While I desperately wanted to re-visit my daughter in rural Oxfordshire, hopefully to enjoy a thoroughly traditional Christmas break with my delightful grand-daughter, who’s almost five-years-old and an only grand-son ofnot quite two months, it would –– candidly –– have been no violent train smash if my last-day-of-the-holiday meeting with Thomas Cook’s representative had produced the authentically eloquent Egyptian shoulder-shrug and the regrettable news that our charter flight was still (like so many other aeroplanes) stuck by ice, snow, frost, fog or sleet somewhere in the northern hemisphere’s Big Freeze.
I’d been in Hurghada on the southern Red Sea coast of Egypt for a fortnight, avoiding the worst of a biting, bitter winter which hit the United Kingdom at least a month earlier than usual. I’d been in Britain since late November, having gone to witness my son, Rhoderick, awarded an MSc in strategic studies at the University of Aberdeen.
As, conveniently, my daughter, Adele, brought young Master Aaron David Vincent into the world, bawling lustily on November 2, I decided to pay him my compliments, then “gap” from Europe on a working holiday for between 10-days to three weeks, returning in time for a Christmas en famille in Faringdon, about 25km from the university city of Oxford’s CBD, en route to Swindon, Wiltshire and its superb railways museum.
And then on to Lothian and the Borders for a real Scots Whae Hi New Year’s thrash in Edinburgh.
Hurghada is a scuba-diving and snorkellers’ maritime paradise, with clear, pristine, indigo-hued waters at blood temperature over coral reefs teeming with colourful aquatic wildlife, under a virtually endless, cloudless, azure sky bathed in a gentle desert winter sun, keeping day-time temperatures usually somewhere north of 27C.
As both rural Oxfordshire — even somewhere as idyllic as a small town /large village of honey-coloured stone dwellings mainly centuries old, under the Vale of the White Horse and on the cusp of the Cotswold Hills –– and the Scottish capital, Auld Reekie, have struggled to achieve temperatures above minus figures for four weeks, this would normally be what the British tabloid press and some of their more vulgar television programmes call a “no-brainer”, I believe.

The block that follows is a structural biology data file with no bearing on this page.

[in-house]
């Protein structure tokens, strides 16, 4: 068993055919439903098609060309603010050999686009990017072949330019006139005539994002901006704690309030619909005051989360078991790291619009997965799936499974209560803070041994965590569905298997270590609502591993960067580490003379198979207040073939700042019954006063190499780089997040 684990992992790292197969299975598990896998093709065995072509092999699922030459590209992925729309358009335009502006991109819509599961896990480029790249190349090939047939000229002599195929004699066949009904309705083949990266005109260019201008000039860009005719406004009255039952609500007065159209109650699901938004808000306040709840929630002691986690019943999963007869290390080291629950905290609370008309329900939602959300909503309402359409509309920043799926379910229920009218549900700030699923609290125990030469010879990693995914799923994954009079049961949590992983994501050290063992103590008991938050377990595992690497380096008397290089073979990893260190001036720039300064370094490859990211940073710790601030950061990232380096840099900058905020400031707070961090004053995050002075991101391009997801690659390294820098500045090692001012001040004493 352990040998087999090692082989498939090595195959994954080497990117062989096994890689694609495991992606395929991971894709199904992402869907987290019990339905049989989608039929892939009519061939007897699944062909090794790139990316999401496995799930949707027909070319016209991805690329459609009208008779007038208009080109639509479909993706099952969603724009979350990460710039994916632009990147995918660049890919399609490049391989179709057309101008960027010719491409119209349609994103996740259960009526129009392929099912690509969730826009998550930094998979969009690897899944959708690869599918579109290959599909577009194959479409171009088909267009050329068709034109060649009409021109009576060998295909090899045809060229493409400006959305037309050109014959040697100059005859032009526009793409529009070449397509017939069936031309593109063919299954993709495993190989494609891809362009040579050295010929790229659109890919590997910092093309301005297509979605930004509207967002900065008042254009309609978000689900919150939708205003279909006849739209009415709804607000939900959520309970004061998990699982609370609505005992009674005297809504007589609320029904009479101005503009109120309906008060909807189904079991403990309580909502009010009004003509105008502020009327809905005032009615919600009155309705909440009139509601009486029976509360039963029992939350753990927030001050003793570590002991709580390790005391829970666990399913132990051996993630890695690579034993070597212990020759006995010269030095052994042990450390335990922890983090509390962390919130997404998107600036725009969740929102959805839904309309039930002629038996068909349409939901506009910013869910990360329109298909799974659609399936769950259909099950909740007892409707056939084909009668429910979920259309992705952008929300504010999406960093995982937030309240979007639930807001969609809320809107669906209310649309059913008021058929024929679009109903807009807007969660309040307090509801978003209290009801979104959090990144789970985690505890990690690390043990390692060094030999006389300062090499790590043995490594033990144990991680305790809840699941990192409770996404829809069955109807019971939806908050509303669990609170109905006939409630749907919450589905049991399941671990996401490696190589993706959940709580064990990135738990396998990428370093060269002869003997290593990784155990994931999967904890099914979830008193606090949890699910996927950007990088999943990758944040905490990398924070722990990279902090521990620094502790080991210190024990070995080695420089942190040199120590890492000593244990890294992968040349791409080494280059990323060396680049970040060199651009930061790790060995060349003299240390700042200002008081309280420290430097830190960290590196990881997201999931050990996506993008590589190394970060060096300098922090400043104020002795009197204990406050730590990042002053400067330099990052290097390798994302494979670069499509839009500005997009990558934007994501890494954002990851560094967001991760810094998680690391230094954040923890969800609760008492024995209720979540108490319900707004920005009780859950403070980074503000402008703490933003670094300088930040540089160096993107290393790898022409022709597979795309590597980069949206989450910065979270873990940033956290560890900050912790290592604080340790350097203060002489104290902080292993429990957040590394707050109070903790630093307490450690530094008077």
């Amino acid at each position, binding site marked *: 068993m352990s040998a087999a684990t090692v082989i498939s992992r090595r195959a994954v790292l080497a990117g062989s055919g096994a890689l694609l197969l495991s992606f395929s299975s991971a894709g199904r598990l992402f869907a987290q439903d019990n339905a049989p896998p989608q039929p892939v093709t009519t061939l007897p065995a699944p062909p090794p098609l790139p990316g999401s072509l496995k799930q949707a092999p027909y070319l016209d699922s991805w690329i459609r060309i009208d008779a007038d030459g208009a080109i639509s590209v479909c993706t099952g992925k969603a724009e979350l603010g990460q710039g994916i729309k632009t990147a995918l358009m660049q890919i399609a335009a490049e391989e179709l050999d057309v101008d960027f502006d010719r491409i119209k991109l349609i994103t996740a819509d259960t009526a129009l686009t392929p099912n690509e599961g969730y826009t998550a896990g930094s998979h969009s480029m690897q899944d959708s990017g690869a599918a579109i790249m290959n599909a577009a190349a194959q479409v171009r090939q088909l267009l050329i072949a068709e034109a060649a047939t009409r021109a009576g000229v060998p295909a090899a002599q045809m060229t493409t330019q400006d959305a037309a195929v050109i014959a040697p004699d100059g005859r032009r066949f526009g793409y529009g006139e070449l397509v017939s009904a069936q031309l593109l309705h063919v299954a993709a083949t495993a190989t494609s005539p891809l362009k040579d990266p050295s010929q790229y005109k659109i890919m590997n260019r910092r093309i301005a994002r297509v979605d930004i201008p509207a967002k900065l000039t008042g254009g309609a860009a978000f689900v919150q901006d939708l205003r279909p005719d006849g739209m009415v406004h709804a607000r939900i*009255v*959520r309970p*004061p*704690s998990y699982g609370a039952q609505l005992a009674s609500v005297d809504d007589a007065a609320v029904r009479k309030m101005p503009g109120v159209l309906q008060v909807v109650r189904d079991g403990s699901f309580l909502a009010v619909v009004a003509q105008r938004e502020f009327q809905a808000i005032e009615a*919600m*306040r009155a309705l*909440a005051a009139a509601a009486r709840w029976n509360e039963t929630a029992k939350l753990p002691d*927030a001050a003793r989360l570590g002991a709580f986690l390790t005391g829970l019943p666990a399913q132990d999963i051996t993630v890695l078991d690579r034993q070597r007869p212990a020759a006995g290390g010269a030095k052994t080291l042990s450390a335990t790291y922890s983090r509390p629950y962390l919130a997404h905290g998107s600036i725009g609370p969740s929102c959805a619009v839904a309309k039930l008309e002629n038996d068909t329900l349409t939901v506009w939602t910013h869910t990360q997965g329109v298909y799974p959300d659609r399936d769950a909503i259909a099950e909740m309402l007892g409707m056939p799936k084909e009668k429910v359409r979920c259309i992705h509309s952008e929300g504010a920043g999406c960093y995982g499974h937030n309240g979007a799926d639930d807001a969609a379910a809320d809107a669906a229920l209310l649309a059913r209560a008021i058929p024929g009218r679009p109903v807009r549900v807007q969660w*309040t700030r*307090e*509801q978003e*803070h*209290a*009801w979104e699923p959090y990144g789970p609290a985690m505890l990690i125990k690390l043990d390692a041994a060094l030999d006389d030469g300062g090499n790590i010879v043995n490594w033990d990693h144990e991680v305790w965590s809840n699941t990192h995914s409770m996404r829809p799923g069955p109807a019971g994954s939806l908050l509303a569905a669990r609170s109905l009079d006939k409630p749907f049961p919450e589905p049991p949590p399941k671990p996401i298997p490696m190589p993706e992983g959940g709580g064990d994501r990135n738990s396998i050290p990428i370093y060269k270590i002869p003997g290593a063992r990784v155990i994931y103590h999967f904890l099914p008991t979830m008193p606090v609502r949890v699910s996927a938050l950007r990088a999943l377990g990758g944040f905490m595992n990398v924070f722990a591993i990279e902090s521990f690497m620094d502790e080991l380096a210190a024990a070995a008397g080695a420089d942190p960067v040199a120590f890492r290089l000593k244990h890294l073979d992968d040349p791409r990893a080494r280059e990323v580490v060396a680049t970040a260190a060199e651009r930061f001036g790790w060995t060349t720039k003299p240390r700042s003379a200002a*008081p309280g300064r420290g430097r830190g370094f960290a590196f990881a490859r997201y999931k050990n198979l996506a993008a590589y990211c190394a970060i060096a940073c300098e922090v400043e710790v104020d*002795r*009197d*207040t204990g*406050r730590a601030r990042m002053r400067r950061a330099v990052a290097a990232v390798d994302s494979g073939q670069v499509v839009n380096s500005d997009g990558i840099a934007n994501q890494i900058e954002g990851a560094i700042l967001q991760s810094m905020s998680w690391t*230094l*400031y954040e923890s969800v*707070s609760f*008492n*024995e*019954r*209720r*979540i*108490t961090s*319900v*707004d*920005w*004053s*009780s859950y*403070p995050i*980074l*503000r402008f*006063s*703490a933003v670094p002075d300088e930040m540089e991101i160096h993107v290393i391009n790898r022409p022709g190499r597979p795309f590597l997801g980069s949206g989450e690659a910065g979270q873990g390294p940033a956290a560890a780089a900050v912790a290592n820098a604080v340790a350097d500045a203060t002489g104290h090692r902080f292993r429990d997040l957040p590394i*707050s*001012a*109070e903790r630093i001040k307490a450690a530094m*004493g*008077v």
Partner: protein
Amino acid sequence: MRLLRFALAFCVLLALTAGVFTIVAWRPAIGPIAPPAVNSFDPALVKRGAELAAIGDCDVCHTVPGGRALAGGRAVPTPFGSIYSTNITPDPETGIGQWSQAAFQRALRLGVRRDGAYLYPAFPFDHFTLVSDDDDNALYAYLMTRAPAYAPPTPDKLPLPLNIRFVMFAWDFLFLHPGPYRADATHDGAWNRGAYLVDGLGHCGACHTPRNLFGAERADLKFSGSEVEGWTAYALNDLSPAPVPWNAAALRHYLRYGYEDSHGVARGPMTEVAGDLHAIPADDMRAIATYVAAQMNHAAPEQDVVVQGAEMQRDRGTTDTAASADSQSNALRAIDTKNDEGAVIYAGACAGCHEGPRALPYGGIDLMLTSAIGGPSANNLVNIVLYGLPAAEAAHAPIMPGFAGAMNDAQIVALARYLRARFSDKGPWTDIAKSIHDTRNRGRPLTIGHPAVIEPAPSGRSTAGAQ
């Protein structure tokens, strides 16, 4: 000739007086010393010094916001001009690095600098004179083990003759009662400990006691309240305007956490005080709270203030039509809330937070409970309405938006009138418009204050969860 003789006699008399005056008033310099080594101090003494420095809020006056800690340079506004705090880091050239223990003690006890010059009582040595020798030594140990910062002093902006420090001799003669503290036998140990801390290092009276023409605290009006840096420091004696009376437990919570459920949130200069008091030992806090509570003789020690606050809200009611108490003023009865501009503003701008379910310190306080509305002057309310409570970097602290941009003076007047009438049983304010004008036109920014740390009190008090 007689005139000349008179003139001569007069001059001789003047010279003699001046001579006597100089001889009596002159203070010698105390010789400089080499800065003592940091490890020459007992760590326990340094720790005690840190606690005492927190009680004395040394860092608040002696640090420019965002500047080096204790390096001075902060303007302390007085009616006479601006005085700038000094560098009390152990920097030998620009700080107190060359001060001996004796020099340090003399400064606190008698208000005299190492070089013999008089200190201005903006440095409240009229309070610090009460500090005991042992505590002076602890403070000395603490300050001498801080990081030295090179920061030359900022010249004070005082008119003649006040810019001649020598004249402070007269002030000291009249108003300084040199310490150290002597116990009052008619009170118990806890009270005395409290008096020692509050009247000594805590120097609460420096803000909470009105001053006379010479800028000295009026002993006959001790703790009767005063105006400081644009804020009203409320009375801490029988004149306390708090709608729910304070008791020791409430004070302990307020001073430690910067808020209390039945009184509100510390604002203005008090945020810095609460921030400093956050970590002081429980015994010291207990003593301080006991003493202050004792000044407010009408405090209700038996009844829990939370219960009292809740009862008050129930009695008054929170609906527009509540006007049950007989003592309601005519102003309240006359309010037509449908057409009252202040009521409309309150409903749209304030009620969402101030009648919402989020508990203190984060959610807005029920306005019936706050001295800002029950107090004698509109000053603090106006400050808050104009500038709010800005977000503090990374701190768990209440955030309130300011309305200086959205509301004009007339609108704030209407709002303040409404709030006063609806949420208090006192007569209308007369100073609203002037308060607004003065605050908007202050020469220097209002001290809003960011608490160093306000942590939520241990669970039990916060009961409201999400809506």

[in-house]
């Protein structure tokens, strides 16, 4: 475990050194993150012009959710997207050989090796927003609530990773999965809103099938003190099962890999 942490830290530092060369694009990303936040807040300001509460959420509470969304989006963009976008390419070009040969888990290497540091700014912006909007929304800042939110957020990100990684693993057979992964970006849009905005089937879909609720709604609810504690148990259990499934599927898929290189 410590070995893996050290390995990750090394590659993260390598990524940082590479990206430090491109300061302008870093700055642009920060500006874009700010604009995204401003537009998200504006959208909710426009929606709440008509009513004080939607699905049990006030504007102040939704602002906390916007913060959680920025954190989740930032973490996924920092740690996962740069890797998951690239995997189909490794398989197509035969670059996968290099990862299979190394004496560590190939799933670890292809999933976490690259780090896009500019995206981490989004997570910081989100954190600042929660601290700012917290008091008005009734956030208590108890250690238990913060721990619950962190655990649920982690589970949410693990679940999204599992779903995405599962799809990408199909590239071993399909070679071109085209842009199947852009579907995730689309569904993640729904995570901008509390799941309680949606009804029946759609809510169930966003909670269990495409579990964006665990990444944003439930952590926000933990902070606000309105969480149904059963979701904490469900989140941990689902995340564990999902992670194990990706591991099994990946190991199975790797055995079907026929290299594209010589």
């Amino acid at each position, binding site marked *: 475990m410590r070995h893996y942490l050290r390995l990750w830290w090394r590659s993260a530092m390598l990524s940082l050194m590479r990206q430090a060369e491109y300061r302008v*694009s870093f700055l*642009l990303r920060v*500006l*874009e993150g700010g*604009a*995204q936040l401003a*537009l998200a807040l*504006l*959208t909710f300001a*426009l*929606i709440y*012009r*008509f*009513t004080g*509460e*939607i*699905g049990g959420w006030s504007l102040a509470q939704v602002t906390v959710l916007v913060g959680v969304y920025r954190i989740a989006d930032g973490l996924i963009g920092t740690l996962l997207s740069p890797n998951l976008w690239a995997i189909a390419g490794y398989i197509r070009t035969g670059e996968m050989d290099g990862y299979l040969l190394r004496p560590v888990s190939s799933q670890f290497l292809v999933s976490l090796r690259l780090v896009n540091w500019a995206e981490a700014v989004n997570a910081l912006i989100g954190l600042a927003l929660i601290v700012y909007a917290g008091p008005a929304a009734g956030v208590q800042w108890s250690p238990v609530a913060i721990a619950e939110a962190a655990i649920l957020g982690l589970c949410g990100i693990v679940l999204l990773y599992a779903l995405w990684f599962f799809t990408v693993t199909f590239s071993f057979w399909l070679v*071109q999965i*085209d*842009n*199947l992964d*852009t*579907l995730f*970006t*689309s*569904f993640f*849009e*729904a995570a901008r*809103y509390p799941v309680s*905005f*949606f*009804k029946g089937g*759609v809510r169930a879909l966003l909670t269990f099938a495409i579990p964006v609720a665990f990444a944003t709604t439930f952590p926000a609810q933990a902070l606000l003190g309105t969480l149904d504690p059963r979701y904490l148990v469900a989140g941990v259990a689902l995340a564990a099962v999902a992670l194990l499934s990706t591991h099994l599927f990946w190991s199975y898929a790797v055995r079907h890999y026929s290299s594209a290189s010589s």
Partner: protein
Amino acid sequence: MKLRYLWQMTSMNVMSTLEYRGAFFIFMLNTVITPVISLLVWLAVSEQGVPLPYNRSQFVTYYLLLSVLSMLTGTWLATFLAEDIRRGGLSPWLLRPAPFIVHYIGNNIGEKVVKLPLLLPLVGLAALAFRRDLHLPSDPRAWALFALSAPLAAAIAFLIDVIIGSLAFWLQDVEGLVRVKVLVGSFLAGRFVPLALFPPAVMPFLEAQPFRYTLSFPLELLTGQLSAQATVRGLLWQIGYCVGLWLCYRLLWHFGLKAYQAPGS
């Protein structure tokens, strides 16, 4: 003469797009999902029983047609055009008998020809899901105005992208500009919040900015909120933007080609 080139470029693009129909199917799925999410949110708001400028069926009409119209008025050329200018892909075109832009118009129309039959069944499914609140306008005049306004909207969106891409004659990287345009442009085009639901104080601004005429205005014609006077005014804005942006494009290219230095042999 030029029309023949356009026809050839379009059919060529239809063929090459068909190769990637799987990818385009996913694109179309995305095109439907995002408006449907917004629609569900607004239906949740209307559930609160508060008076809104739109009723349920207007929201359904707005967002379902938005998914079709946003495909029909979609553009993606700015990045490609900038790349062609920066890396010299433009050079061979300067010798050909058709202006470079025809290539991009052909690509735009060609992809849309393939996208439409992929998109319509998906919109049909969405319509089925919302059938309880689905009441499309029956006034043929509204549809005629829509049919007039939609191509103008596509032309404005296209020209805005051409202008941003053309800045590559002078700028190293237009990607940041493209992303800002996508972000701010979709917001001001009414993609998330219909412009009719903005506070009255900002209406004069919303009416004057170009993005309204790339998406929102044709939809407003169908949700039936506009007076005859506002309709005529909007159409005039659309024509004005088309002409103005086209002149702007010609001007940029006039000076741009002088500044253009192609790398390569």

However, here we had the complications of the two major holidays, with family off work for limited periods and the fact that I really must be back in Harare, via Dubai and Jo’burg, by early January: if for no other reason than I’m invited on a cruise in the Persian Gulf in early February!
So the “good/bad” news was that our plane would fly from Gatwick to bring sun-starved Pommy holidaymakers to North Africa and take us home.
It would merely be delayed about four/four-and-a half hours.
Believe it or not, this would actually suit me, as I’d anticipated having several hours to kill at Gatwick, waiting for an hourly coach to Oxford which tied in with an early bus to Faringdon.
Now when we arrived at Hurghada –– on time –– 14 days earlier it was just dusk, say about 4:30pm. It was never rightly explained how 4:30 plus (say) four hours translated to being uplifted from one’s hotel at 10pm, for a 12 minute shuttle journey.
Then, having cleared customs, immigration and security (surprisingly liberal if not lax, given that it’s preeminently a military airport), hanging around admittedly mouthwateringly-filled duty free shops, until the flight came in at half past midnight and taking off before 1:30am: one of the fastest turnarounds since the Berlin Airlift!
A stewardess told me the crew which brought out the flight from Gatwick was taking us back. If true, that meant at least 10,5 hours in the air, goodness knows how long before initial take-off, waiting for plane de-icing, runway gritting and various bureaucratic clearances, losing two hours on the southbound flight and gaining it on the return leg!
They must have been at least as exhausted as me. (For different reasons!)
I was so tired I slept through the in-flight meal: in fact through the whole journey, essentially from take-off to the pilot announcing entering the landing pattern to descend into Gatwick.
A demure little old lady sitting next to me said absolutely nothing, but a chap behind claimed I bellowed a rather strong single-word expletive in the middle of a restless dream/nightmare over the sprawling city of Cairo, duplicated it soaring over Athens, which was apparently a memorable sight on a night with almost a full moon.
He was apparently a former Warrant Officer in the Royal Marines Commandos and said my involuntary and unexpected cussing raised even his eyebrows!
(I swear it was an accident!)